Microsoft Debuts 'Teams' Chat-Based Workspace and Slack Competitor

Microsoft today debuted its latest product, Microsoft Teams, which is a chat-based workspace designed for Office 365 users.

Designed to compete with chat platforms like Slack and HipChat, Microsoft Teams provides a chat interface that integrates with Office 365 apps and services and other third-party services like Zendesk, Asana, Hootsuite, and Intercom.

microsoftteams
According to Microsoft, Teams is designed to provide a "modern conversation experience" in the workplace. It supports both persistent and threaded chats, along with public and private conversations. Skype integration allows teams to quickly initiate voice and video conferences, and each digital workspace can be highly customized with emoji, stickers, GIFs, extensions, open APIs, and more.

At Microsoft, we are deeply committed to the mission of helping people and organizations achieve more--and reinventing productivity for the cloud and mobile world is core to our ambition. We built Microsoft Teams because we see both tremendous opportunity and tremendous change in how people and teams get work done.

Teams are now more agile and organizational structures more flat to keep communications and information flowing. With Microsoft Teams, we aspire to create a more open, digital environment that makes work visible, integrated and accessible--across the team--so everyone can stay in the know.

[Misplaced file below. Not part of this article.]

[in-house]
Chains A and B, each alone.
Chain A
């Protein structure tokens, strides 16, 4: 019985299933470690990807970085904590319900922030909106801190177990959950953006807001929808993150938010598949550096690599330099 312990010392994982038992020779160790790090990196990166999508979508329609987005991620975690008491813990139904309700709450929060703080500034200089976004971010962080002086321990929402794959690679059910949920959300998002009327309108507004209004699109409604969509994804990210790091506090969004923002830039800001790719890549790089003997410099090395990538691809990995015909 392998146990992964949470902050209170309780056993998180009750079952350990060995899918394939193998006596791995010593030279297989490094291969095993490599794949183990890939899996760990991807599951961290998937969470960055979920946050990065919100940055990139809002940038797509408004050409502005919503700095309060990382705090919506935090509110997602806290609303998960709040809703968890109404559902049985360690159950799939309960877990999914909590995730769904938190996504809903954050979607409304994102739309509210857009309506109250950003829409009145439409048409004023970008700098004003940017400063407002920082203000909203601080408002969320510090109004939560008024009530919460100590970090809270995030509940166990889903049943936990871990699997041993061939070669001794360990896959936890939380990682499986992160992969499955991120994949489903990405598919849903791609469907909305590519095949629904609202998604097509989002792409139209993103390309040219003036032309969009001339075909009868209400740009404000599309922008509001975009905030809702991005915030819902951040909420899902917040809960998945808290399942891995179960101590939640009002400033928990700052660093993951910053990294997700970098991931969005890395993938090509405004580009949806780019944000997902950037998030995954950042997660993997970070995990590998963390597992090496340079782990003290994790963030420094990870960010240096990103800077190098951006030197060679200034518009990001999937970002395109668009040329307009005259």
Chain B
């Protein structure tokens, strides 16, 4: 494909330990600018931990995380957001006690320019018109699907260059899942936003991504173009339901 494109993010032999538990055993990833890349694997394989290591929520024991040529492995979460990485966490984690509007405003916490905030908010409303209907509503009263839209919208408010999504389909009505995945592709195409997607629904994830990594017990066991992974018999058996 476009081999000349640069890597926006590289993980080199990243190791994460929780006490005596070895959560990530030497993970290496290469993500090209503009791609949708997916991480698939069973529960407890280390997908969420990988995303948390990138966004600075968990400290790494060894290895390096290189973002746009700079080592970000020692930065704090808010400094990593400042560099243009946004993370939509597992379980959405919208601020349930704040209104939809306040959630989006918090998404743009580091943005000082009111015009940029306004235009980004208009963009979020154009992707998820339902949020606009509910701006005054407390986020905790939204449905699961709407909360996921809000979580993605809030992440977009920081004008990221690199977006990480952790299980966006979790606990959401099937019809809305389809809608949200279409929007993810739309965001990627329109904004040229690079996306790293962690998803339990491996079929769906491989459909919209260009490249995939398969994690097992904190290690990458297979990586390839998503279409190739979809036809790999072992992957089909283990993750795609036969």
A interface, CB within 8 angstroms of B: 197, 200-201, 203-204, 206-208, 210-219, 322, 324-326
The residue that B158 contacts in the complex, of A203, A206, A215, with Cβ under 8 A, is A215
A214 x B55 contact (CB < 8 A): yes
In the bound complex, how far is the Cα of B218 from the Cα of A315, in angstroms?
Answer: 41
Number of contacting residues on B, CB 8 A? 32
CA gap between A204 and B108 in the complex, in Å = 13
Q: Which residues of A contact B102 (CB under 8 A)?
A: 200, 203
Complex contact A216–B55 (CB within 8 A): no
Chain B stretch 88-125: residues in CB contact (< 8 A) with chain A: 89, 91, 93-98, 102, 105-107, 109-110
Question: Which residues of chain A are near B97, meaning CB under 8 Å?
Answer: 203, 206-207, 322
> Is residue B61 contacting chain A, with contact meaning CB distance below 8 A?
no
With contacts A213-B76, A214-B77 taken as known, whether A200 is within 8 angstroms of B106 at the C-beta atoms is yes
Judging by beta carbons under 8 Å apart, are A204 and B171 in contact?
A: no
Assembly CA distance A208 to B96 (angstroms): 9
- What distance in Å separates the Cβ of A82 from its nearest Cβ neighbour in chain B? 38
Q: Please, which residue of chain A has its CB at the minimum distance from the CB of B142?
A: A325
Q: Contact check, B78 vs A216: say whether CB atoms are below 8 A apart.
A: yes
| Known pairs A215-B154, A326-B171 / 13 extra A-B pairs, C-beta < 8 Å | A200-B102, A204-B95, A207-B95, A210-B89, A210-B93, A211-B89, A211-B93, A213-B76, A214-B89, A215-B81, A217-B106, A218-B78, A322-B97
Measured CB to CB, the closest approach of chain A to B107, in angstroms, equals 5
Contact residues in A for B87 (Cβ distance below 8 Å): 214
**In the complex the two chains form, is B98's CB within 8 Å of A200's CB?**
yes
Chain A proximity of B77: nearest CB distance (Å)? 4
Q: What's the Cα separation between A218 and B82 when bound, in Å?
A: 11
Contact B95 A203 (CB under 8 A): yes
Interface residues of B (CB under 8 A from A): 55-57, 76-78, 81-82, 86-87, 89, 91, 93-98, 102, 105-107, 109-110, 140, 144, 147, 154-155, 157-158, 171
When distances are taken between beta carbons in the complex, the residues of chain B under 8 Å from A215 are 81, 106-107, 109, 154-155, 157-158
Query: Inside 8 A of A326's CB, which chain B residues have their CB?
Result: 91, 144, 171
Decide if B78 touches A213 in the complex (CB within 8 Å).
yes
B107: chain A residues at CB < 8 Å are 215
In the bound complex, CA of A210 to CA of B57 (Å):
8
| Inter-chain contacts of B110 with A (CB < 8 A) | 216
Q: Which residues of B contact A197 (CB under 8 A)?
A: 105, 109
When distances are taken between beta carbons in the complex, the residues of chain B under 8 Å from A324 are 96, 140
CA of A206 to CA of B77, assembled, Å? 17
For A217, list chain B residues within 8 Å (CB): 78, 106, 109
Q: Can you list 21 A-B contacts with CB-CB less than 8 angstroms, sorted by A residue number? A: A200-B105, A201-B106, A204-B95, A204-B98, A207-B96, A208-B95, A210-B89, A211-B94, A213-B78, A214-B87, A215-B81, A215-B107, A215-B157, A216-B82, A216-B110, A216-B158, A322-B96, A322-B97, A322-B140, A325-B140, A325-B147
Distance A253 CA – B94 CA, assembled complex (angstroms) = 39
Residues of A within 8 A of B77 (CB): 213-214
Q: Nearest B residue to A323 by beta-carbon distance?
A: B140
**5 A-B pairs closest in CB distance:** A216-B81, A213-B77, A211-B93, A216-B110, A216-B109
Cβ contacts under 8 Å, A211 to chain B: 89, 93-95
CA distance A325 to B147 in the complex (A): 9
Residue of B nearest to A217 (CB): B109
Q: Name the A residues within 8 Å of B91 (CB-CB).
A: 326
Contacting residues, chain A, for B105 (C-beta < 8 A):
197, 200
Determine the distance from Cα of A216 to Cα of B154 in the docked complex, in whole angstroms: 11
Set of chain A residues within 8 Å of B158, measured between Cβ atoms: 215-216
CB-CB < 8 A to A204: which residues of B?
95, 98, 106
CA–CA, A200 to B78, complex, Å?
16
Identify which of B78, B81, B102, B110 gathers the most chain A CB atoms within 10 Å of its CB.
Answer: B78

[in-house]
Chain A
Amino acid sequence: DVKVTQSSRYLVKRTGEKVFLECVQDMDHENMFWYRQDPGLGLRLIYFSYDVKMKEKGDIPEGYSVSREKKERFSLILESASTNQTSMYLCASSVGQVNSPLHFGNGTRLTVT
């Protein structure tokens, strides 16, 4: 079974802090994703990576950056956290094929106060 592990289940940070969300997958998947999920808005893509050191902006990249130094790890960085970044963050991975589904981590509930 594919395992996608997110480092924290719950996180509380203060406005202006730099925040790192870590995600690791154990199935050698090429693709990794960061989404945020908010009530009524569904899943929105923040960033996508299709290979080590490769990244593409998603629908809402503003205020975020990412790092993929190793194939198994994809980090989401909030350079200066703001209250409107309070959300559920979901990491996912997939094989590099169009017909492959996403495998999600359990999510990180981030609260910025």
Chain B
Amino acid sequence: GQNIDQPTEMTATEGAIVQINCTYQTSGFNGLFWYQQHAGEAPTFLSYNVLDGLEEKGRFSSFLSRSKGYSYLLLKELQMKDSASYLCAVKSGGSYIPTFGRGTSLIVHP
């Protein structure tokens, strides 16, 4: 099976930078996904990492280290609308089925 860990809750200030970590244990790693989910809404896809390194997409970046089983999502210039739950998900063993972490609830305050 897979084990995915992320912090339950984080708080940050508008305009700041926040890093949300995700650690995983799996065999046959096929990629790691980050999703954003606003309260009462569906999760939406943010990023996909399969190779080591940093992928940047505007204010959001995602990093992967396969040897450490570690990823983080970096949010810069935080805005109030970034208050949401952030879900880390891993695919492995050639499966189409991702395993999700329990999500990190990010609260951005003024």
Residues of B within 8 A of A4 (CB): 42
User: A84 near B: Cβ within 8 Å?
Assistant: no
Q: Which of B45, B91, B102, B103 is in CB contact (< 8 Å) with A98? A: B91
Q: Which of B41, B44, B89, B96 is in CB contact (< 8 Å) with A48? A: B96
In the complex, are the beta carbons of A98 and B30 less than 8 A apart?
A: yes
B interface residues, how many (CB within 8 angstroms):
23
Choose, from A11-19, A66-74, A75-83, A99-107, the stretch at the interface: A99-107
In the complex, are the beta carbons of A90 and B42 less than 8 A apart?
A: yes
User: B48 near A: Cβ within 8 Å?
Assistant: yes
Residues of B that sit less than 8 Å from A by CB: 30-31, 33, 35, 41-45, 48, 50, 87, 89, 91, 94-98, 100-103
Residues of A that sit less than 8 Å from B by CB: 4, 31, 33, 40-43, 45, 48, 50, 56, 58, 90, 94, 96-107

Word, Excel, PowerPoint, SharePoint, OneNote, Planner, Power BI, and Delve are built into Microsoft Teams, and it supports Microsoft's cross-application membership program, Office 365 Groups, so people can easily move from conversations to collaborating on documents.

Microsoft Teams is designed for Microsoft's enterprise customers, and it includes enterprise-level security with two-factor authentication, single sign on through Active Directory, and data encryption. Teams is available for Windows, Mac, Android, iOS, and the web.

Ahead of Microsoft's announcement, competing chat platform Slack took out a full page ad in the New York Times welcoming Microsoft to the chat space, offering some "friendly advice," and signaling that it's worried about competition from Microsoft.

In the piece that ends with a warning that "Slack is here to stay," Slack says an open platform, love, and thoughtfulness and craftsmanship are essential to a successful communication product.
One final point: Slack is here to stay. We are where work happens for millions of people around the world.

So welcome, Microsoft, to the revolution. We're glad you're going to be helping us define this new product category. We admire many of your achievements and know you'll be a worthy competitor. We're sure you're going to come up with a couple of new ideas on your own too. And we'll be right there, ready.
A preview of Microsoft Teams is available in 181 countries and 18 languages starting today for Office 365 enterprise customers (Business Essentials, Business Premium, El, E3, and E5). It will officially launch early next year.



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31 months ago

Source?



What Soupcan said is a crock (see what I did there?).